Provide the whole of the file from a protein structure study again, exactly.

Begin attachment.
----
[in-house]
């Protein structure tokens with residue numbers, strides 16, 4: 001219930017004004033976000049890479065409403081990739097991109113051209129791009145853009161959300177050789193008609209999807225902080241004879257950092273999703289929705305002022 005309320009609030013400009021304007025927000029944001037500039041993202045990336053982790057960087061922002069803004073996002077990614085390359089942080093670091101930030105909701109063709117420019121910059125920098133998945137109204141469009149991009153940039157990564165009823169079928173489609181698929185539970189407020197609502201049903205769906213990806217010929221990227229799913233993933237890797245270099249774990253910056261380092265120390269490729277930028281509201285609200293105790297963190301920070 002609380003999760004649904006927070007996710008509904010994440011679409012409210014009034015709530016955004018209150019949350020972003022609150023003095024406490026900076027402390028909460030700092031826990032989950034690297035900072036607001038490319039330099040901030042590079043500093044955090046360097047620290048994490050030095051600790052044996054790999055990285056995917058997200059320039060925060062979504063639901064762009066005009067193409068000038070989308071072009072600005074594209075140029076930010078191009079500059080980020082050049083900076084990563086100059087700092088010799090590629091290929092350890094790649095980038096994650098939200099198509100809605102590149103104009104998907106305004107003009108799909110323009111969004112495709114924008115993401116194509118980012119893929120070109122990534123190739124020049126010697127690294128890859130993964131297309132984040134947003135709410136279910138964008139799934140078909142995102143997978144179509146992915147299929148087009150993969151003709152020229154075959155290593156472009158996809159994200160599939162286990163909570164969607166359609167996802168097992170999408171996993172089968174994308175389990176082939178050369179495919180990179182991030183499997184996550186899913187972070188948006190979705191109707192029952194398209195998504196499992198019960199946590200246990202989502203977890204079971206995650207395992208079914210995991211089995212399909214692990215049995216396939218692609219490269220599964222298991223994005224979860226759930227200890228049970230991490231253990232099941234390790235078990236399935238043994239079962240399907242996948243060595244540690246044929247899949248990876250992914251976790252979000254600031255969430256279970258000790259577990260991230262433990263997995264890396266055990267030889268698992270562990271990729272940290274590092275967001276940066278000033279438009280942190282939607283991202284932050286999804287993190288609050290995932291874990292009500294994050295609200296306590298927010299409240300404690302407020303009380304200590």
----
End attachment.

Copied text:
[in-house]
């Protein structure tokens with residue numbers, strides 16, 4: 001219930017004004033976000049890479065409403081990739097991109113051209129791009145853009161959300177050789193008609209999807225902080241004879257950092273999703289929705305002022 005309320009609030013400009021304007025927000029944001037500039041993202045990336053982790057960087061922002069803004073996002077990614085390359089942080093670091101930030105909701109063709117420019121910059125920098133998945137109204141469009149991009153940039157990564165009823169079928173489609181698929185539970189407020197609502201049903205769906213990806217010929221990227229799913233993933237890797245270099249774990253910056261380092265120390269490729277930028281509201285609200293105790297963190301920070 002609380003999760004649904006927070007996710008509904010994440011679409012409210014009034015709530016955004018209150019949350020972003022609150023003095024406490026900076027402390028909460030700092031826990032989950034690297035900072036607001038490319039330099040901030042590079043500093044955090046360097047620290048994490050030095051600790052044996054790999055990285056995917058997200059320039060925060062979504063639901064762009066005009067193409068000038070989308071072009072600005074594209075140029076930010078191009079500059080980020082050049083900076084990563086100059087700092088010799090590629091290929092350890094790649095980038096994650098939200099198509100809605102590149103104009104998907106305004107003009108799909110323009111969004112495709114924008115993401116194509118980012119893929120070109122990534123190739124020049126010697127690294128890859130993964131297309132984040134947003135709410136279910138964008139799934140078909142995102143997978144179509146992915147299929148087009150993969151003709152020229154075959155290593156472009158996809159994200160599939162286990163909570164969607166359609167996802168097992170999408171996993172089968174994308175389990176082939178050369179495919180990179182991030183499997184996550186899913187972070188948006190979705191109707192029952194398209195998504196499992198019960199946590200246990202989502203977890204079971206995650207395992208079914210995991211089995212399909214692990215049995216396939218692609219490269220599964222298991223994005224979860226759930227200890228049970230991490231253990232099941234390790235078990236399935238043994239079962240399907242996948243060595244540690246044929247899949248990876250992914251976790252979000254600031255969430256279970258000790259577990260991230262433990263997995264890396266055990267030889268698992270562990271990729272940290274590092275967001276940066278000033279438009280942190282939607283991202284932050286999804287993190288609050290995932291874990292009500294994050295609200296306590298927010299409240300404690302407020303009380304200590």